Note: Where available, the PDF/Word icon below is provided to view the complete and fully formatted document
 Download Current HansardDownload Current Hansard    View Or Save XMLView/Save XML

Previous Fragment    Next Fragment
Thursday, 30 October 2003
Page: 17225

Senator BROWN (10:06 AM) —by leave—I agree with the sentiments that are being expressed here. We live in an increasingly complex world, and the Senate has to deal with that complexity. It is not just changes in the Senate we are looking at; it is the complexity of the international framework within which the parliament works these days. When it comes to debate on the Constitution, and the Senate being asked to express an opinion, the Senate cannot make a determination in the matter—that would have to go to the people through a referendum. But I agree that there needs to be debate on important matters like this, and I wish the Procedure Committee well.

It may be that we have to set aside—and this would be my suggestion—an afternoon or a morning in Senate sitting weeks in which debate on those matters can be progressed with new debating rules. It may be that we have a five-minute limit on the contributions made by members. On most of those matters that is far better than nothing at all. I do not think we need the 20 minutes that is allowed in general debate. But it would allow people to contribute and there may be some allocation of debating time within the framework of new rules.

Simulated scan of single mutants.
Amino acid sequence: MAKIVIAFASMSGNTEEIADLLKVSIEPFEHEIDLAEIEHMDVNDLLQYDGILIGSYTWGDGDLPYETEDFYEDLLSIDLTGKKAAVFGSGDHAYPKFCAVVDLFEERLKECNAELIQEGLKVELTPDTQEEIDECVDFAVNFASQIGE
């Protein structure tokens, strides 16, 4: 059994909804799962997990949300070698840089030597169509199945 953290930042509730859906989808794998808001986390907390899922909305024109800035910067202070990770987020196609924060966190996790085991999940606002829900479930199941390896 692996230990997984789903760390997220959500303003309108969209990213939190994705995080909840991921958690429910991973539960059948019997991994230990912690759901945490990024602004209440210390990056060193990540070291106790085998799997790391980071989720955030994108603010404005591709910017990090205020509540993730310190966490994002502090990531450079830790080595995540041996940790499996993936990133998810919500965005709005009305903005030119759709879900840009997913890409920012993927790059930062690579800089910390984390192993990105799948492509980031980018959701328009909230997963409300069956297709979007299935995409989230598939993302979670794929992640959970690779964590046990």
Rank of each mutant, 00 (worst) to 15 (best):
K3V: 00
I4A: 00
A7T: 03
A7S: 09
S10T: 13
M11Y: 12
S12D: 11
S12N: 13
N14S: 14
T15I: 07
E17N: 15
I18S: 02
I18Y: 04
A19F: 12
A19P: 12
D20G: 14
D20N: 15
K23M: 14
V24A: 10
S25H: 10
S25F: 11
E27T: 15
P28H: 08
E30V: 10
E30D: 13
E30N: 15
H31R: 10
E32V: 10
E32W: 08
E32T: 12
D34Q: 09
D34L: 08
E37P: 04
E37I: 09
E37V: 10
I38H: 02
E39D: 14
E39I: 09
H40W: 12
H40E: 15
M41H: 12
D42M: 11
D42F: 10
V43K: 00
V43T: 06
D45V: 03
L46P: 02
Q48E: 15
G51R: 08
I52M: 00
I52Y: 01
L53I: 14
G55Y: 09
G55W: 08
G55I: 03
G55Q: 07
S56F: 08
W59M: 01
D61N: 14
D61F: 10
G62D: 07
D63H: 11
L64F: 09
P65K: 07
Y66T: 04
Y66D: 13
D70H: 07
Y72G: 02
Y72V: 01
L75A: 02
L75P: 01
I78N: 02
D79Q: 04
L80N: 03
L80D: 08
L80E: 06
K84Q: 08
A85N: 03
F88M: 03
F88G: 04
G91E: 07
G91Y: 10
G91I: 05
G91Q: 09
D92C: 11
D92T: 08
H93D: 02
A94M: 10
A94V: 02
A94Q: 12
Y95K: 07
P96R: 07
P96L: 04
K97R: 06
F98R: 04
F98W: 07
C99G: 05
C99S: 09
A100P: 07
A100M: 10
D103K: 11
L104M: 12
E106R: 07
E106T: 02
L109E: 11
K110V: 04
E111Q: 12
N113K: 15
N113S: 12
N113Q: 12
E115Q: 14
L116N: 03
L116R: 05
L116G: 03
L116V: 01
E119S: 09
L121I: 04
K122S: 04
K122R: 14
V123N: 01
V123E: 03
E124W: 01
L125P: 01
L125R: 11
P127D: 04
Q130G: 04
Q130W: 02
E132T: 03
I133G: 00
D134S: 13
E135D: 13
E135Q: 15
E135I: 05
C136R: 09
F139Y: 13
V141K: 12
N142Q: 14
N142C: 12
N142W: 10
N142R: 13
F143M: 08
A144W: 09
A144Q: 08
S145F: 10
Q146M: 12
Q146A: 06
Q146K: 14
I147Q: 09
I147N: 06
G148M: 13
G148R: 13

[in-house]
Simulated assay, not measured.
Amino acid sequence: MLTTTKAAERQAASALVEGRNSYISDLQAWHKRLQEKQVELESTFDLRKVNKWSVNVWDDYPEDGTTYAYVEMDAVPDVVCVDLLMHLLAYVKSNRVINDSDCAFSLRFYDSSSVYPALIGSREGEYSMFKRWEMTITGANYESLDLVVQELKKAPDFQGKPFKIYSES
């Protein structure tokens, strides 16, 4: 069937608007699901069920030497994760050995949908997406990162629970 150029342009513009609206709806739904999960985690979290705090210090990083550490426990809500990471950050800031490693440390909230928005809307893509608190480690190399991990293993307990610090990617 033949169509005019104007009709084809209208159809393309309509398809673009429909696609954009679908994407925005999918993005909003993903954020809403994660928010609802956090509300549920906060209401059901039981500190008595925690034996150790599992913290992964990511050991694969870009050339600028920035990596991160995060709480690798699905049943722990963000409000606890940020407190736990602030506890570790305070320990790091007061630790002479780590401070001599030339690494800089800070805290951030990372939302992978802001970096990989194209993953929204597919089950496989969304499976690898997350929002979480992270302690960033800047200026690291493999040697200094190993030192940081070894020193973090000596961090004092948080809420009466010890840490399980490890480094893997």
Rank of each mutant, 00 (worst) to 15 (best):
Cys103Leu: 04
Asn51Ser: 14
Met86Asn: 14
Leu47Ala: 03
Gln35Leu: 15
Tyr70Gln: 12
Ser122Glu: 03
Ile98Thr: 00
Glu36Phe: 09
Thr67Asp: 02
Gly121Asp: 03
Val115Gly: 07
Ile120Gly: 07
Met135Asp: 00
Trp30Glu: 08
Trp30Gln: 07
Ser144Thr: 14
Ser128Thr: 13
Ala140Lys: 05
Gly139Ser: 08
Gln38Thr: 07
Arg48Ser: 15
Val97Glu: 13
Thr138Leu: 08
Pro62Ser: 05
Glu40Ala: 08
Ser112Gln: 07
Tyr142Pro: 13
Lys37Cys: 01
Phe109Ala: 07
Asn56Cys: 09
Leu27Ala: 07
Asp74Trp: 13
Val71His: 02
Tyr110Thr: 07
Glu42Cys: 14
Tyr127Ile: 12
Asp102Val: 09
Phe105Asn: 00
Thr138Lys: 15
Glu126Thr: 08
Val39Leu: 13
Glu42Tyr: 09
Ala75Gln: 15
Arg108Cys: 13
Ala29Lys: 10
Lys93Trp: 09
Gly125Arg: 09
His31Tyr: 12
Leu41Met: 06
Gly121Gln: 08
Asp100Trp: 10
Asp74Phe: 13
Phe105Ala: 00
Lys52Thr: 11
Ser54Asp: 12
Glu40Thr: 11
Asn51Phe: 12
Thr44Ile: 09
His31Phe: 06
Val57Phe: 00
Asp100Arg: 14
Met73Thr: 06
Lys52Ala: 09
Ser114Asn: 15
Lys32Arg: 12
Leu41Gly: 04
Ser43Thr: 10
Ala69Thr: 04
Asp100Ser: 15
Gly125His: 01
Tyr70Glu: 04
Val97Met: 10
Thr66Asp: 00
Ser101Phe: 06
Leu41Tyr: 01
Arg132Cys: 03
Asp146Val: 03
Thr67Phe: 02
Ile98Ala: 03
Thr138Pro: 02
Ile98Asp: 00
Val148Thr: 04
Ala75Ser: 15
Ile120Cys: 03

With the plurality of the membership of the Senate as it is evolving, and I do not think that is ever going to change now, it is important that there be opportunity to debate those matters. The Procedure Committee might look at, first, the allocation of time for debating motions. It may mean we sit an extra week or two during the year, but I think that is healthy. Secondly, the committee should look at what rules should apply to debate of those motions and how you prioritise motions according to their importance and complexity. On the complexity issue, it may mean that there has to be a substantive point which is incorporated in the motion and which is voted upon rather than multiple points being introduced through a motion on which we find ourselves divided as to what we support and what we do not and end up having to vote against the ones we support in order to make sure the ones we do not do not get up. I will certainly be looking forward to reading the Clerk's paper, as Senator Faulkner indicated, and to hearing what the Procedure Committee comes up with.